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Real-Time Search - What It Is and When You Need It

ยท 6 min read

Google first introduced a real-time search function to its search engine over a decade ago (2010). Today, it is virtually impossible to imagine Google without it. Yet, strangely, real-time and live searches aren't as widespread as they should be. The only real players with comprehensive real-time search capabilities are social media platforms and search engines. App and web developers often avoid adding this functionality because it is either too difficult or they feel it's unnecessary. However, it can be highly useful for e-commerce apps and websites that consistently post fresh content (such as blogs). The last decade saw a shift in the software industry's priorities as greater emphasis has been placed on user experience (UX) and UI design. Knowing how and when to implement real-time search is a crucial skill to have as a modern developer. The following guide will explore what it is and where and when to use it.

Most website and app full-text search functions use indexes that are routinely updated by crawlers. However, this approach is unsuitable for social media sites like Twitter, where new content is published every second. There are at least 350,000 Tweets posted every second. Twitter manages popular and relevant content using (hashtag) trends and its real-time search feature.

Modern search engines connect you to websites that are continuously updating, so a real-time search function is a valuable feature. Initially, Google offered this function through its dedicated Realtime search website. However, the website was decommissioned in 2016, and many of its features were repurposed and refined for Google Trends . On the other hand, Bing uses real-time search functionality for its vertical searches (news and tiles) and keyword research tool to help identify trends.

Recently, there has been some discourse and debate on what real-time search is. While some believe that defining real-time search as a feature that finds content (real-time content) as it is published is sufficient, others believe that true real-time search finds content as it's being created, written, or updated.

Real-time or live search retrieves the latest relevant content. While this is possible with shared code repositories and SaaS products that allow multiple parties to collaborate on content creation (such as Google Docs), it's harder to achieve at large scales. Nevertheless, this distinction is ultimately inconsequential.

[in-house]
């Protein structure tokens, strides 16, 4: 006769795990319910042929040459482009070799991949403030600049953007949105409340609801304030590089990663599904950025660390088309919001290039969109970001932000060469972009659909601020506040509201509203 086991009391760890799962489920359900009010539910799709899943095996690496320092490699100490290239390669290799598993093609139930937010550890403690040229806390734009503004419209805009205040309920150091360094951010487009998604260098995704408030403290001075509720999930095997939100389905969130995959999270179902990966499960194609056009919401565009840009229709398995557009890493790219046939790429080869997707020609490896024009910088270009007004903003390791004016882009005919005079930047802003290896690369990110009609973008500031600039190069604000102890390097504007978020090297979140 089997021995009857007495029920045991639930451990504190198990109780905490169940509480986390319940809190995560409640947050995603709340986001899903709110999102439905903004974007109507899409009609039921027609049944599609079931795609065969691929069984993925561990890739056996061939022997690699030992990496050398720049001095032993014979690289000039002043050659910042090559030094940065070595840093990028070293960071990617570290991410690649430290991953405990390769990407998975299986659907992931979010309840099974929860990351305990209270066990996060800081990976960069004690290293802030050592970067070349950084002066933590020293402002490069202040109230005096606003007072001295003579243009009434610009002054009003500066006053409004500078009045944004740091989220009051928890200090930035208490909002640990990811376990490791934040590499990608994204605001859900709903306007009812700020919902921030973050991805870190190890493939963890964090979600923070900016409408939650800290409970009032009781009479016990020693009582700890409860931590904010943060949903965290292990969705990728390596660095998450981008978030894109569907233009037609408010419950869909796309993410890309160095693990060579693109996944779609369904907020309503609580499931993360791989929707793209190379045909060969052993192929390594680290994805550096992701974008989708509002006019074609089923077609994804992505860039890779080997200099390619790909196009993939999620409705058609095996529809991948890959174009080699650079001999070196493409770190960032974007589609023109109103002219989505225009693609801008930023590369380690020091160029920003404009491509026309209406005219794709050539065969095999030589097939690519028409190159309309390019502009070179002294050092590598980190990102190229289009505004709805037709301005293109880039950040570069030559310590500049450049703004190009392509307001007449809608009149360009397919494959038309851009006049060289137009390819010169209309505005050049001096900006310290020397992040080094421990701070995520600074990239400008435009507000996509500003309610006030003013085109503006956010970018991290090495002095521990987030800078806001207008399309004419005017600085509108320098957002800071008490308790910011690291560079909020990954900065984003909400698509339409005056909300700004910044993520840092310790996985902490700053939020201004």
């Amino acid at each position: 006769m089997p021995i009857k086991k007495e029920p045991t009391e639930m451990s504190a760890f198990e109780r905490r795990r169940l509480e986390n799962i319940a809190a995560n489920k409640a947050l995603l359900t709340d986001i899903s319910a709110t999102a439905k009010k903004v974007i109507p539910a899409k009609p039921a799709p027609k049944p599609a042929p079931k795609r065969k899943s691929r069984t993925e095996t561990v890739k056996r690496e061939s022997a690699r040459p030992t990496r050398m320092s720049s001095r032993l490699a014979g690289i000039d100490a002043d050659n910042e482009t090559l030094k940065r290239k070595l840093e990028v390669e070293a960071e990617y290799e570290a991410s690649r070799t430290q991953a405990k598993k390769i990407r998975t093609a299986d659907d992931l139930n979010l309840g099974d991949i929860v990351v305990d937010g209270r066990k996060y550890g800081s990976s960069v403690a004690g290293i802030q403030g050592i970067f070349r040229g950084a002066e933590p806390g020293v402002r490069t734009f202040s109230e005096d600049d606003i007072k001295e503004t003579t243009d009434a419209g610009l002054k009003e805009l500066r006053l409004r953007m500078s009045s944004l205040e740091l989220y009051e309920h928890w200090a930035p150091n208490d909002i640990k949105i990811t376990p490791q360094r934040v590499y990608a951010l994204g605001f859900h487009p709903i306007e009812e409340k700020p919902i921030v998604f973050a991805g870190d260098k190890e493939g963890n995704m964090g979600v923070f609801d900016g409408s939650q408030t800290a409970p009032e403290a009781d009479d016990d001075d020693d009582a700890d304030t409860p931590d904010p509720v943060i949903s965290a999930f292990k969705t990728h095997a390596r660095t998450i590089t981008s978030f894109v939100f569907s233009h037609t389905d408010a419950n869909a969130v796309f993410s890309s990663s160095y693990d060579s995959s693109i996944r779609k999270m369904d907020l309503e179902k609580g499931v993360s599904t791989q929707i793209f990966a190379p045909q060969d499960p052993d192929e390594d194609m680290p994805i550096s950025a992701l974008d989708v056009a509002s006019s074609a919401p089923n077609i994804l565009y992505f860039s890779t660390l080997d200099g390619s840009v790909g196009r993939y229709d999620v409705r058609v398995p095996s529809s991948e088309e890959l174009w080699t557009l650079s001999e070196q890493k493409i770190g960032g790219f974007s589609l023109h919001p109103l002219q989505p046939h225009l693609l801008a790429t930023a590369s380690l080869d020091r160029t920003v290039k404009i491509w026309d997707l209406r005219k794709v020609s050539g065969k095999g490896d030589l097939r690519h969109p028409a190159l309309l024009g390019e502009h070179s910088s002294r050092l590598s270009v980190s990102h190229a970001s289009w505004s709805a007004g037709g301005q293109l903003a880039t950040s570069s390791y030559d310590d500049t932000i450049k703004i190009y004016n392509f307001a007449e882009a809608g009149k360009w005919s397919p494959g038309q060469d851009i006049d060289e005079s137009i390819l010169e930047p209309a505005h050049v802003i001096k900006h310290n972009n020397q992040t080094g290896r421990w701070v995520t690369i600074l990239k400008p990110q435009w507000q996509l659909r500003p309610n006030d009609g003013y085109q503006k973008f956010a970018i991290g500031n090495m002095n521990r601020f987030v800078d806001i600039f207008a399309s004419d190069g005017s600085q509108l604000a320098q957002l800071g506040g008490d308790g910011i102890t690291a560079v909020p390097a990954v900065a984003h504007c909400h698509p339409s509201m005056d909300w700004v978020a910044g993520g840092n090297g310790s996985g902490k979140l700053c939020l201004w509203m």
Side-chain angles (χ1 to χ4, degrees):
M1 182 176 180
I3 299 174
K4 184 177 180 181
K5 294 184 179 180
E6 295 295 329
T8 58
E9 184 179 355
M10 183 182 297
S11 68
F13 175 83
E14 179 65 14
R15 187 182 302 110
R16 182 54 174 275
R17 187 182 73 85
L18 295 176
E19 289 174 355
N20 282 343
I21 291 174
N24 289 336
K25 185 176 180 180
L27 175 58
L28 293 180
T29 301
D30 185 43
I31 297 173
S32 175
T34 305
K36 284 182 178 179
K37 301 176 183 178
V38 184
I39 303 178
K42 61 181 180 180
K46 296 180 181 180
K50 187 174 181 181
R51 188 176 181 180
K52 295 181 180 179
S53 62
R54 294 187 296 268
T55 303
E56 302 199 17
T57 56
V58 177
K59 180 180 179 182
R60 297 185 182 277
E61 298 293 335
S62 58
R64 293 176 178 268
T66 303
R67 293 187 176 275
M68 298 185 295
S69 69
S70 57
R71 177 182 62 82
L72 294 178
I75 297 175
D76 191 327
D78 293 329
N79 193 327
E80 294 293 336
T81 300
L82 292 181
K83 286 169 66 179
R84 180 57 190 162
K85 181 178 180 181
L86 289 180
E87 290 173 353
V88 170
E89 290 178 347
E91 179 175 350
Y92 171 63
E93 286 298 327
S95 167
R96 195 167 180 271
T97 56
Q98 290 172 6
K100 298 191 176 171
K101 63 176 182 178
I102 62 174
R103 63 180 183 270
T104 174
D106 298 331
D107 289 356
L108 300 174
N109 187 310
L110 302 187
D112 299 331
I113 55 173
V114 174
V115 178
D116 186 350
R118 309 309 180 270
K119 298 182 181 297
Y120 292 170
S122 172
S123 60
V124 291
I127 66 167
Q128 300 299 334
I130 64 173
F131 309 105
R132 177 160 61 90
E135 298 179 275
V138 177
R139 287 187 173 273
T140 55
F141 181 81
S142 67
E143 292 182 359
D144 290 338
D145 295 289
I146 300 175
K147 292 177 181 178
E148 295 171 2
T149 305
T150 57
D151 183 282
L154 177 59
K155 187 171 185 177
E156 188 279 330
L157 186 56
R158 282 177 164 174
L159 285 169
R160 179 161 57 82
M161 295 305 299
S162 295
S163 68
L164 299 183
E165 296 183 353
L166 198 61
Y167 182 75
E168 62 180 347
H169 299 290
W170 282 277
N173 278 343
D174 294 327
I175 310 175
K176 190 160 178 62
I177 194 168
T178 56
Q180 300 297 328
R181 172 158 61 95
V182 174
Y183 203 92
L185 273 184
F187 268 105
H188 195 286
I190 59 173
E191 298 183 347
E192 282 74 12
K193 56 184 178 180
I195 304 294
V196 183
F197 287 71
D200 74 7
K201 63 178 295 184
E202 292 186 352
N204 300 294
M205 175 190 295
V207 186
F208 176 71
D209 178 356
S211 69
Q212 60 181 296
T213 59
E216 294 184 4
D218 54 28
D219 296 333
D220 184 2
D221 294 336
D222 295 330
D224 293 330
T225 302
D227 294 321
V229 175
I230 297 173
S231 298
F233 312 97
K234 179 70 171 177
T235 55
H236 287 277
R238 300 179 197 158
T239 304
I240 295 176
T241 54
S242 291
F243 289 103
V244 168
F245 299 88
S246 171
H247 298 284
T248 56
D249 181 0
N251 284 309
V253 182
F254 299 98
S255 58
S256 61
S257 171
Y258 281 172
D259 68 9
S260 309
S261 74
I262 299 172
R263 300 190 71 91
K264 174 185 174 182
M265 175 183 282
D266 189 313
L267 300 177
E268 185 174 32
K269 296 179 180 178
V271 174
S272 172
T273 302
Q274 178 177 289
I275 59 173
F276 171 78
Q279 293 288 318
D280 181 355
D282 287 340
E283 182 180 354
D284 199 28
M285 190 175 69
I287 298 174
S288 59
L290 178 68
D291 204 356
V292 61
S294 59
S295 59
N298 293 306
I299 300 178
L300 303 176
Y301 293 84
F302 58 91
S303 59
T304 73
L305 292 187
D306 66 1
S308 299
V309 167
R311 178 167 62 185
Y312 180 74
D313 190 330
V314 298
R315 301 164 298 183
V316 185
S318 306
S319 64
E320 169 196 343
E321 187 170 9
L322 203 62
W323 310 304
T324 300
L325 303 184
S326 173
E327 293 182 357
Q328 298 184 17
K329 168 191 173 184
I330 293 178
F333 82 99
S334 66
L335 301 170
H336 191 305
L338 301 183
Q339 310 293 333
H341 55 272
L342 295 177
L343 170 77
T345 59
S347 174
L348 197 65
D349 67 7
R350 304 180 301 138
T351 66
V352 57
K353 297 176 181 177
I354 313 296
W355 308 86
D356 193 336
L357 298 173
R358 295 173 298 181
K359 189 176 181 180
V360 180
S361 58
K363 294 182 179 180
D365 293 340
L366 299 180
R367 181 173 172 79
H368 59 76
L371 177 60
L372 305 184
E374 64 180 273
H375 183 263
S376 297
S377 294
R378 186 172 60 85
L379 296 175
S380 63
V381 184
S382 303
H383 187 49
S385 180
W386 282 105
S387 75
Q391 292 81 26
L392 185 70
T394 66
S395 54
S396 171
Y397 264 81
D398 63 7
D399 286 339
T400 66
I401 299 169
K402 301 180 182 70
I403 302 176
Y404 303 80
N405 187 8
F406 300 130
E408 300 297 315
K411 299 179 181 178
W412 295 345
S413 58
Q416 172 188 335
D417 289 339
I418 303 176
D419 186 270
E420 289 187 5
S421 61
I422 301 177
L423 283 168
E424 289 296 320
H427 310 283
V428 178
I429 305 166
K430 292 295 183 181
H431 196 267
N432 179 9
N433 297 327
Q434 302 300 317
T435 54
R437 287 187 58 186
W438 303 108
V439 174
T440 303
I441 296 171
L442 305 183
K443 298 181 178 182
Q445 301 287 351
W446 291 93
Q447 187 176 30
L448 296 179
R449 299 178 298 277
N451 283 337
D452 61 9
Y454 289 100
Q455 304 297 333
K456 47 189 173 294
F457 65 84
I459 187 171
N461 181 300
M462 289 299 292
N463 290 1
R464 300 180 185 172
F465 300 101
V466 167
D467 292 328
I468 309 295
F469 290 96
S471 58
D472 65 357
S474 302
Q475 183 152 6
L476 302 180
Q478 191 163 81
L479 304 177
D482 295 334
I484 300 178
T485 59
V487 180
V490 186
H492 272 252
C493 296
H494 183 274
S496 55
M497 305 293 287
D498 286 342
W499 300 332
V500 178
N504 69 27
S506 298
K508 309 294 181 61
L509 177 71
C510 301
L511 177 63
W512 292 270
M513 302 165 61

Real-Time Search vs. Autosuggestโ€‹

Many users confuse autocomplete or autosuggest with real-time search. While they're completely different, these two features can share a relationship. Autocomplete refers to a text box (typically a search box) that completes search phrases for you using an internal index. Autosuggest uses past searches and search trends to retrieve suggestions to help you complete your search phrase or select related content.

If autosuggest or autocomplete uses trends to populate its suggestions, it may use the real-time search functionality in the background. Likewise, autocomplete and autosuggest are often used in real-time search boxes.

Besides search engines and social media platforms, there are many scenarios where real-time search can be helpful, and the following are just a few examples:

In E-commerceโ€‹

Amazon is the king of e-commerce and will likely remain so for years. It operates in thirteen countries and has over nine million sellers worldwide. Amazon has an estimated twelve million products in its inventory. Amazon Marketplace has at least 350 million products on sale. Its inventory and stock are constantly changing.

With product and stock counts constantly in flux, live-search functionality is a strong advantage for e-commerce websites like Amazon.com. It could bring back results based on the latest promotions, the amount of stock left, written reviews, etc.